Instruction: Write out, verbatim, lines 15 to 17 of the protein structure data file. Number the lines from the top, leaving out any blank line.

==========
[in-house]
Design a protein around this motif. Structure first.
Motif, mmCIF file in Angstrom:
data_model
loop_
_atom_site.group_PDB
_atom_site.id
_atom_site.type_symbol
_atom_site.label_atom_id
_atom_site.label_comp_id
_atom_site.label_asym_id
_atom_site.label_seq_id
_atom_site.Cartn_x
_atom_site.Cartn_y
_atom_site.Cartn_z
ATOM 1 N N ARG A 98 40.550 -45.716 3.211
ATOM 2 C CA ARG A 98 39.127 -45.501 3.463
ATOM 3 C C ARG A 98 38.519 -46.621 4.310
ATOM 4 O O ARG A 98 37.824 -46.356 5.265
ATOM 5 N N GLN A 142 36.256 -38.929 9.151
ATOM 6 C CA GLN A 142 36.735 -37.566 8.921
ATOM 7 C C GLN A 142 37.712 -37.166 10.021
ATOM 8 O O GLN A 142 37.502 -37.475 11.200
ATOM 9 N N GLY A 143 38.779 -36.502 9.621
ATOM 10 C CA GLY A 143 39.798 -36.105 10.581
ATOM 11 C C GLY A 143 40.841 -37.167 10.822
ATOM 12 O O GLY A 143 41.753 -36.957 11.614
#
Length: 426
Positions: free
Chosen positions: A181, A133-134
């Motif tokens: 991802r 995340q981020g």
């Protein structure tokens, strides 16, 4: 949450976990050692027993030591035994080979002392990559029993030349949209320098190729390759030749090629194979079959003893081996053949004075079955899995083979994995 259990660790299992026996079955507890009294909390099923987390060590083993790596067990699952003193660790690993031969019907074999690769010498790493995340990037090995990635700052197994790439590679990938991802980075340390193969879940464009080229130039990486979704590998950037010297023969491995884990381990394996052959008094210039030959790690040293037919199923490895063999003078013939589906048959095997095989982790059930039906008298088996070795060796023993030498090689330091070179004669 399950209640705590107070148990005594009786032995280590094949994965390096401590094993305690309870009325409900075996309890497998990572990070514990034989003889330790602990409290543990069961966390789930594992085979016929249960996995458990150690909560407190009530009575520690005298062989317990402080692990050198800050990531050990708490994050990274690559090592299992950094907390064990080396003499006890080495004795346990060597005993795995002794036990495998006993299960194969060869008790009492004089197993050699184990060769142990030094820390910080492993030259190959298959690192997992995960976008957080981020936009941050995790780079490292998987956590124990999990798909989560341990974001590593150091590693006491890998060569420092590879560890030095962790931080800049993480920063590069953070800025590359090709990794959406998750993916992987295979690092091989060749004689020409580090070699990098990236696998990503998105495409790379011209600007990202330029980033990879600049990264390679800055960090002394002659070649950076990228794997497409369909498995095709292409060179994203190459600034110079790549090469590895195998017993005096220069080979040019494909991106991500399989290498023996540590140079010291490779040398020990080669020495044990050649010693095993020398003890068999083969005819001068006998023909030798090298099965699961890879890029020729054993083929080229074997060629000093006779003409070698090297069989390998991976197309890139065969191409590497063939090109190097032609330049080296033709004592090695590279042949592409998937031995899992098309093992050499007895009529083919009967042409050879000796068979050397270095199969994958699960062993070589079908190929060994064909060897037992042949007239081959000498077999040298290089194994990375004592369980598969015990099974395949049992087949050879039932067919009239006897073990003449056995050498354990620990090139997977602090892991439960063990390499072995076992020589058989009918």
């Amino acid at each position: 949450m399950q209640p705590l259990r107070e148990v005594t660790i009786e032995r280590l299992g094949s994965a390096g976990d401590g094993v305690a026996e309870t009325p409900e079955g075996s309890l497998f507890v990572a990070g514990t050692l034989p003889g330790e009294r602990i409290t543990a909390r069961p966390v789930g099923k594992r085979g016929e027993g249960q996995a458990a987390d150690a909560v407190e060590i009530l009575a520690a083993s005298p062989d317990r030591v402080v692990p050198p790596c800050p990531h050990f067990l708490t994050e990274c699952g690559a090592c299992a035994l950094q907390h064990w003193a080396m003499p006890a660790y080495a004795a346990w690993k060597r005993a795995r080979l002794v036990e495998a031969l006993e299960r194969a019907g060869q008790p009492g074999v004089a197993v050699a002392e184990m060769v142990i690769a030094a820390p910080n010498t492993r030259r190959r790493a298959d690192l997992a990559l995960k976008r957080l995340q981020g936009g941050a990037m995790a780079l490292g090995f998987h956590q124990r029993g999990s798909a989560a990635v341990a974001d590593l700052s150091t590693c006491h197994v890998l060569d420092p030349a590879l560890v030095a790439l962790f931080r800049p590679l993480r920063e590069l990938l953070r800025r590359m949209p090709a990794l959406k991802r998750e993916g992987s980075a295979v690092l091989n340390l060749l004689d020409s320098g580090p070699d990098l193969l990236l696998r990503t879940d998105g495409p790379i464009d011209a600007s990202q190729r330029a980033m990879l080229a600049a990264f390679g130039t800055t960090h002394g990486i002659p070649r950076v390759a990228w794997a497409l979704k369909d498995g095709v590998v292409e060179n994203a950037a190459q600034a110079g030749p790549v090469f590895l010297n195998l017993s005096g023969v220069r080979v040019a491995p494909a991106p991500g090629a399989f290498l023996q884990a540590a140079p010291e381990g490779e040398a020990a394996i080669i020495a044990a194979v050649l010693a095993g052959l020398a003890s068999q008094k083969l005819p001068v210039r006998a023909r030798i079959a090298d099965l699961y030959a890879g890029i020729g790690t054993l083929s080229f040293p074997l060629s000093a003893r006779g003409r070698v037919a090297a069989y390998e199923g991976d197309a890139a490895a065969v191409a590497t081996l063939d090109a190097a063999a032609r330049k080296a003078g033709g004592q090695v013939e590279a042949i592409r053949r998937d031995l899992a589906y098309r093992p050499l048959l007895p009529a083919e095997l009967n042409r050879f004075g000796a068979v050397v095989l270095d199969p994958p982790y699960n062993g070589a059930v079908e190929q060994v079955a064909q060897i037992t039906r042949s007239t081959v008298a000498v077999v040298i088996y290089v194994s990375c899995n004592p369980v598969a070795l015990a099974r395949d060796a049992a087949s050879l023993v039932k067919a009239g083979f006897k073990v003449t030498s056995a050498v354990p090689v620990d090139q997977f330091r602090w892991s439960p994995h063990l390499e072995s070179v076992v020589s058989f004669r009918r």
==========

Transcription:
_atom_site.Cartn_z
ATOM 1 N N ARG A 98 40.550 -45.716 3.211
ATOM 2 C CA ARG A 98 39.127 -45.501 3.463